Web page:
Sociology as well as pedagogy takes a closer look at the "strange" domain of the phenomenon sport that have been presented as examples. Thus for a comparative analysis they open up "new" perspectives, because they generally operated from a different angle—one that can not be found in sport science. A different situation again occurs if sport science attempts to alienate its genuine domain of the phenomenon sport to some extend artificially. In a narrow sense this involves what can be meant by "alienation from the own culture" (cp. HIRSCHAUER & AMANN 1997). For many sport scientists a culture is "own" insofar as they as a rule pass through very intensive processes of socialisation, which can lead to a high degree of occupation12). This lack of distance can not at last be quoted as a further argument for an inner establishment of an ethnographic disposition in sport science. Also for this perspective some initial approaches will be presented briefly. [25]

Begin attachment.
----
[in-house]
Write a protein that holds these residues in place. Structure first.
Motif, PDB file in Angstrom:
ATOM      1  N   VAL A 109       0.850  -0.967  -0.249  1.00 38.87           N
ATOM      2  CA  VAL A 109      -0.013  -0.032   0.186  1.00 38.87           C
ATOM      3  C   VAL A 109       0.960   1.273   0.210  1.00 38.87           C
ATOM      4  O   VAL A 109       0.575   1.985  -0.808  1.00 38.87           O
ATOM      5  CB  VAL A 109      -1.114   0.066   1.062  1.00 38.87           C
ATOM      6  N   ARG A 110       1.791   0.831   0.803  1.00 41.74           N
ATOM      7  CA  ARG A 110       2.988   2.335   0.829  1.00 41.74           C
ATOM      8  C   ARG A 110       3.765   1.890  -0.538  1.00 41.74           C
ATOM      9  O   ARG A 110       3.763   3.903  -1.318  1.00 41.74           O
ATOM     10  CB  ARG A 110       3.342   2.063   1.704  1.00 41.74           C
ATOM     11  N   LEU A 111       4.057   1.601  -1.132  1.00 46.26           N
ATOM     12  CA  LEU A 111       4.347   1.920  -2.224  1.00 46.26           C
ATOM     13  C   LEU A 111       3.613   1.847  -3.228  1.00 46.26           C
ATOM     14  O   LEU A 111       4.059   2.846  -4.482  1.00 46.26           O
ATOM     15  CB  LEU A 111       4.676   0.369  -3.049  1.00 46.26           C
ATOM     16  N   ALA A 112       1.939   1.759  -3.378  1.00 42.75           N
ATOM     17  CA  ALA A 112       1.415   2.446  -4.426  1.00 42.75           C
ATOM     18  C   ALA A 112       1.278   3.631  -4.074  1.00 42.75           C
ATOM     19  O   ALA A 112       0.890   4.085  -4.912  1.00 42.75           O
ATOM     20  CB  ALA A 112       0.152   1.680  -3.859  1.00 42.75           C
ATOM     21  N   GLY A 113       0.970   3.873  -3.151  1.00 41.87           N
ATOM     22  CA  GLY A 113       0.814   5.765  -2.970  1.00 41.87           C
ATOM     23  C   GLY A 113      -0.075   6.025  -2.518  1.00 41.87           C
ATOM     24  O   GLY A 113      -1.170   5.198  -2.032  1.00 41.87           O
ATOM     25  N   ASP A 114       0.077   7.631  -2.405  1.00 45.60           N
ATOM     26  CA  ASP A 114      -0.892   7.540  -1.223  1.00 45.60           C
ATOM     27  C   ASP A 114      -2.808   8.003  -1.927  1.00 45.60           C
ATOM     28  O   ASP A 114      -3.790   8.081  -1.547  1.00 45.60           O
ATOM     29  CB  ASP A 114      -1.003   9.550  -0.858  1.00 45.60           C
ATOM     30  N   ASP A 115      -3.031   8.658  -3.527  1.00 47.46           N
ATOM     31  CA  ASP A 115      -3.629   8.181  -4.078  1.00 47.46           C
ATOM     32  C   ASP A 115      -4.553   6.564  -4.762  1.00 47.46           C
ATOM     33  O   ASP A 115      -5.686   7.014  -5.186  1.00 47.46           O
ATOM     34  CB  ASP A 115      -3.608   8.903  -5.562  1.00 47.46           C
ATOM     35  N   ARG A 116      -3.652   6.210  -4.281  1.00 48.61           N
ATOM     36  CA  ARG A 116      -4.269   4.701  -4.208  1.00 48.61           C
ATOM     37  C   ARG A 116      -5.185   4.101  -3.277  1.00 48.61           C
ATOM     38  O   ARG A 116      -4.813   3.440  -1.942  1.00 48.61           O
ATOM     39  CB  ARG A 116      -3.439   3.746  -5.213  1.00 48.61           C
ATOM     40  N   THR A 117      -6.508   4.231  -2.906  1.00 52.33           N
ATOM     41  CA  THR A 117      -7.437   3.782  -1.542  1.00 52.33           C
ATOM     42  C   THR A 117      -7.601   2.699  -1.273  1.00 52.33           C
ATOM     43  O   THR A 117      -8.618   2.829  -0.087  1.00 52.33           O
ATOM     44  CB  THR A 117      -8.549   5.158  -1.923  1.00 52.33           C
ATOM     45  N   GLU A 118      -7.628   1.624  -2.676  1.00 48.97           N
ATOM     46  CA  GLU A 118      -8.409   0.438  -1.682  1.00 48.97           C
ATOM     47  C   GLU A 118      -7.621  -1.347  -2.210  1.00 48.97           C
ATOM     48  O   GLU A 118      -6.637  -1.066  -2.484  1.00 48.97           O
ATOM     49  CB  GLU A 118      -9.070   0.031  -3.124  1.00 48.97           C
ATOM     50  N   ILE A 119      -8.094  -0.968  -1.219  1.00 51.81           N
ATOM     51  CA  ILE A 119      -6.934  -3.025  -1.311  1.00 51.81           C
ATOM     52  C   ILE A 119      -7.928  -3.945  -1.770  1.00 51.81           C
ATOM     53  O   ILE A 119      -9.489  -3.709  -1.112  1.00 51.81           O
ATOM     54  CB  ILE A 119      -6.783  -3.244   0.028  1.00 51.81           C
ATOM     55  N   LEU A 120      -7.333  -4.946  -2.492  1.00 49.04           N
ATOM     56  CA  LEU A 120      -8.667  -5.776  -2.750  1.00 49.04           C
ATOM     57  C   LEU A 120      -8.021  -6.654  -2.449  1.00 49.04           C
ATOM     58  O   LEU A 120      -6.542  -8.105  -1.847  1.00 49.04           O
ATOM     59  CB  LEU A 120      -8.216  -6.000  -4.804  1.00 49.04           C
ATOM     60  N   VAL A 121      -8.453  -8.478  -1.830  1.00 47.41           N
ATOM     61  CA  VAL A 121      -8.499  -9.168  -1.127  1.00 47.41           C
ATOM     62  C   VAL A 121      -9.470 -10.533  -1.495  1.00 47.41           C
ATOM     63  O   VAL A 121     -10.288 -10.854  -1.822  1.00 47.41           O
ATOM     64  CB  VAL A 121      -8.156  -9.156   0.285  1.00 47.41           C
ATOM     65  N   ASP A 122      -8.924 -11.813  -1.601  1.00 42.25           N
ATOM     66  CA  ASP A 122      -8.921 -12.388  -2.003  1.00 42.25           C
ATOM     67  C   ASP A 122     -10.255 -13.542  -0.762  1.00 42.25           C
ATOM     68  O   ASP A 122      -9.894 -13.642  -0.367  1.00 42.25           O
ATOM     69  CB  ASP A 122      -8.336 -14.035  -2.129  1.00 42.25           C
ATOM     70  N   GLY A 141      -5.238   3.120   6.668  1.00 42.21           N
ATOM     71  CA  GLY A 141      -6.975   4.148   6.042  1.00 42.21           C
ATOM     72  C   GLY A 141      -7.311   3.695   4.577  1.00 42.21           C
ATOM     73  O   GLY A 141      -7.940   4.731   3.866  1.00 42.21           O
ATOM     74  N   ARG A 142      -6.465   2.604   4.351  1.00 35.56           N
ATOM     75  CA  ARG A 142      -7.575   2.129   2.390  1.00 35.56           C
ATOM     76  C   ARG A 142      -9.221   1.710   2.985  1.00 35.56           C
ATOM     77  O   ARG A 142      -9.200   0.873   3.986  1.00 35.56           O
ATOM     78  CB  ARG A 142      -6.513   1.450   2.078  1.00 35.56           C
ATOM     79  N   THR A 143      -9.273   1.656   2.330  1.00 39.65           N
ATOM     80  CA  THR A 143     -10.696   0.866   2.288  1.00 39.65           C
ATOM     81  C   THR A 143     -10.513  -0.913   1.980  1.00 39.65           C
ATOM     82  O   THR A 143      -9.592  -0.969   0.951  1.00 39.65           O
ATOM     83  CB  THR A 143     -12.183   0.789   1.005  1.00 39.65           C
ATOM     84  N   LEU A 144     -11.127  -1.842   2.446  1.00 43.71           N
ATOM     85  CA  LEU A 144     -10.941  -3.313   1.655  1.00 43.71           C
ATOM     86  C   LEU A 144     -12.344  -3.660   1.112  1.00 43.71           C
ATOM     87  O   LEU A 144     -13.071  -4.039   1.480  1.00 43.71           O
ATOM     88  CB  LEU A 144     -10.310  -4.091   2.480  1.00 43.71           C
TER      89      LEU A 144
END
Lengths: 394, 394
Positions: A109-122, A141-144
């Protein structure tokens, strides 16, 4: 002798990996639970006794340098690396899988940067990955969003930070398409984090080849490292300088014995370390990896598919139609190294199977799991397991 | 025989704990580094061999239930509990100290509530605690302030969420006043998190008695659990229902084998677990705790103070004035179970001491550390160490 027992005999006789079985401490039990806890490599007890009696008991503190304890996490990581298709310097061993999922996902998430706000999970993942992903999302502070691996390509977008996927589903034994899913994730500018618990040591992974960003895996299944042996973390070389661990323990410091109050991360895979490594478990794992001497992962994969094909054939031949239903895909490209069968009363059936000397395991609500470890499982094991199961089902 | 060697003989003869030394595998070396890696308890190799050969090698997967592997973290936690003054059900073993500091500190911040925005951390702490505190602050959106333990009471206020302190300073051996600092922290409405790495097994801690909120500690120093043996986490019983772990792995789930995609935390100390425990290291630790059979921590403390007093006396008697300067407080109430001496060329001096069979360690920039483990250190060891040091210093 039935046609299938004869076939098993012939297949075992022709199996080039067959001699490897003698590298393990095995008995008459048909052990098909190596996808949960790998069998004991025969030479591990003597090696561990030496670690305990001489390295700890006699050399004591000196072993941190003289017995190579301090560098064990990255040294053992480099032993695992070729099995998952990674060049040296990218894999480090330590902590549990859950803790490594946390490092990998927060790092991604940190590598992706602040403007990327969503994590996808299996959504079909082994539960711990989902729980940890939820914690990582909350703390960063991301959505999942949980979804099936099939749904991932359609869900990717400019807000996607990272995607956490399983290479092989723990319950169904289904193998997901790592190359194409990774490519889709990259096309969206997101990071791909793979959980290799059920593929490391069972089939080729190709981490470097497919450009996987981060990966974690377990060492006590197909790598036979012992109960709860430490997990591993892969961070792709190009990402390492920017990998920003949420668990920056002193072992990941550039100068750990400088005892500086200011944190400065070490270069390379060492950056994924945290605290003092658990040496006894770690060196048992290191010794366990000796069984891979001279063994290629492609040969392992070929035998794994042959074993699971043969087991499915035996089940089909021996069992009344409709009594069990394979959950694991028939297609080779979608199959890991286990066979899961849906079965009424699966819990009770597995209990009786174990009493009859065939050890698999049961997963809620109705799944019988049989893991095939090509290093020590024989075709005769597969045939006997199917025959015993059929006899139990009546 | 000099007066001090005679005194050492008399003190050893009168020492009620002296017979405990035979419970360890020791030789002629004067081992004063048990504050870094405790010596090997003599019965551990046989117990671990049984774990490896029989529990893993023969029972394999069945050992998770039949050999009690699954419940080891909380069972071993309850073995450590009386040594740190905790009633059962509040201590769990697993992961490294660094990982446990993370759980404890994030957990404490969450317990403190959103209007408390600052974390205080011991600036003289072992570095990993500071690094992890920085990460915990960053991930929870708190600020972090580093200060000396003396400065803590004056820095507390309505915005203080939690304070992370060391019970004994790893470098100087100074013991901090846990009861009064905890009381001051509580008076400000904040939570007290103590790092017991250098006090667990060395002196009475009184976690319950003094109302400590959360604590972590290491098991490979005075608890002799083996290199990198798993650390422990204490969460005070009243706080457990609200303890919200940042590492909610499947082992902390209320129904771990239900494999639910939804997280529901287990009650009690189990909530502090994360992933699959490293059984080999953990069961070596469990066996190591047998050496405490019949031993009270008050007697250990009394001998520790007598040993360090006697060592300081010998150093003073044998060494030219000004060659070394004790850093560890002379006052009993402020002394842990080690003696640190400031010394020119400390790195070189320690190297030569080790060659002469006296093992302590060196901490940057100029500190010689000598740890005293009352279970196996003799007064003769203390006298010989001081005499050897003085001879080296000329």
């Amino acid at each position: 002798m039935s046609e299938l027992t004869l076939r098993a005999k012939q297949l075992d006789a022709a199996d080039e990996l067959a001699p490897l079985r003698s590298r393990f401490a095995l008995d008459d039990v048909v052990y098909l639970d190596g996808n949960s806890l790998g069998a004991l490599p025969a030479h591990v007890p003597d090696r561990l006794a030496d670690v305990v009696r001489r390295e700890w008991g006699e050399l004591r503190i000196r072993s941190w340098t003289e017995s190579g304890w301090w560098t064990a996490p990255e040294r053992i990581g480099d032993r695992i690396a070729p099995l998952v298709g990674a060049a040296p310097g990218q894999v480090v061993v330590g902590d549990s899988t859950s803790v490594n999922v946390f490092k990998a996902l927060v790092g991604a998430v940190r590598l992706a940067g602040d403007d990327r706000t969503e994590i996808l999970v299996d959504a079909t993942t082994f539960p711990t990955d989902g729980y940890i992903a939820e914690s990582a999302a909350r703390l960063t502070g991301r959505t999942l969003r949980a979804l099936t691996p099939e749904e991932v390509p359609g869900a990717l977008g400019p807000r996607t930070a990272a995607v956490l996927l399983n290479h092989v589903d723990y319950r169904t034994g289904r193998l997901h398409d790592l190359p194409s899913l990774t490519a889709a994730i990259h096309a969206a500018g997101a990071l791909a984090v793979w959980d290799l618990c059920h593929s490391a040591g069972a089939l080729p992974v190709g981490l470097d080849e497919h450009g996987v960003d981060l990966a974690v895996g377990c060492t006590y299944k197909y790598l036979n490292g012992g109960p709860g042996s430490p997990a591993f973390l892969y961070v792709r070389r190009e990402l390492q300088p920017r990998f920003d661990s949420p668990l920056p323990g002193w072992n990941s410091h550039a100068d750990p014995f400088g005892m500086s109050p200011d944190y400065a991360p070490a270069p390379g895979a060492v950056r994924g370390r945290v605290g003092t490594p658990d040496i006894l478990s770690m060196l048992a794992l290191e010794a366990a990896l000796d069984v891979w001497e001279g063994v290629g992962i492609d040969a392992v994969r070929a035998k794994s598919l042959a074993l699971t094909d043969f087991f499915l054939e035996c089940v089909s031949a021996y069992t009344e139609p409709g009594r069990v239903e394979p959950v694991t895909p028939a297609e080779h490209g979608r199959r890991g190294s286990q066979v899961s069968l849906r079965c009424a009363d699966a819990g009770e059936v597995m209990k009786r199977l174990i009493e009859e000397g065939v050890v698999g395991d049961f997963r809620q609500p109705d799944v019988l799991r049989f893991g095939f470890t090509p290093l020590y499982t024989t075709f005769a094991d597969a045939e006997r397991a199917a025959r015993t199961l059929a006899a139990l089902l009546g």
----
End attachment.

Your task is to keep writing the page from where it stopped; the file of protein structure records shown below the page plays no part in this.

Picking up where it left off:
The works of SCHWIER (e.g. 1997, 1998, 2000) deal with this overlapping of sport sociology and sport pedagogy. Similar to the already mentioned generally sociological approaches, also SCHWIER's analyses aim at the presentation of scenes of youth culture, where the emphasis understandably lies on sportive youth scenes (e.g. skaters, young basketball players on the streets). Such strategies are especially complemented by body emphasising scenes, like the movement of ravers for example. The interest of sport science in these new movement oriented youth scenes lies primarily in their novelty and, referring to traditional sport, their dissociation from sport. Insofar it is surely not mistaken to interpret these scenes in a sense of "(sport) distant"—but interestingly also movement and body related—worlds. SCHWIER pays attention that his presentations are not left without theories, but he wants to attach certain frames to them on the basis of background theories. The two pillars are constituted by BOURDIEU's concept of habit (cp. SCHWIER 1998, pp.7ff.) as well as the "Cultural Studies" (cp. 2000) that were intensely discussed in recent publications. Although both theories are certainly not directly related to ethnography, their relations are nevertheless conspicuous. BOURDIEU himself was the author of explicit ethnologic works at the beginning of his career (cp. 1976) and his probably most popular work about "fine distinctions" (cp. 1982) can without great effort be considered as an ethnographic work, although there is more to it. Something comparable should be valid for the conception of "Cultural Studies", because on the one hand they constantly reappear in the self-descriptions of sociological ethnography, but on the other hand they lay claim to a theoretical independence (cp. e.g. HÖRNING & WINTER 1999). In SCHWIER's work, though the theoretical classification are clear and elaborated, methodological allocation is rather vague. Without doubt an orientation to qualitative research methodology can be stated (cp. e.g. 1993; 1999), but an explicitly formulated ethnographic classification can not be found. The proximity to the "Grounded Theory" in the style of GLASER and STRAUSS leads him to the point that his examinations of interesting objects "are not a priori limited by the initial formulation of questions, but that they are focussed on having the behaviour pattern of play and movement for an adequate and only slightly dissociated theme and on the individual experiences in their concrete relationship towards social reality" (1999, pp.99f.). After comprehending in most cases the inspiring and interesting interpretations of his analyses, it is still difficult to deduce what relative importance his different methodological approaches, theoretical embedding and own attitudes have exactly for interpretative work (cp. 1998, pp.39ff.)13). In terms of the interpretations supported so far, with regard to SCHWIER's approach, implicit ethnographical elements can definitely be found. [26]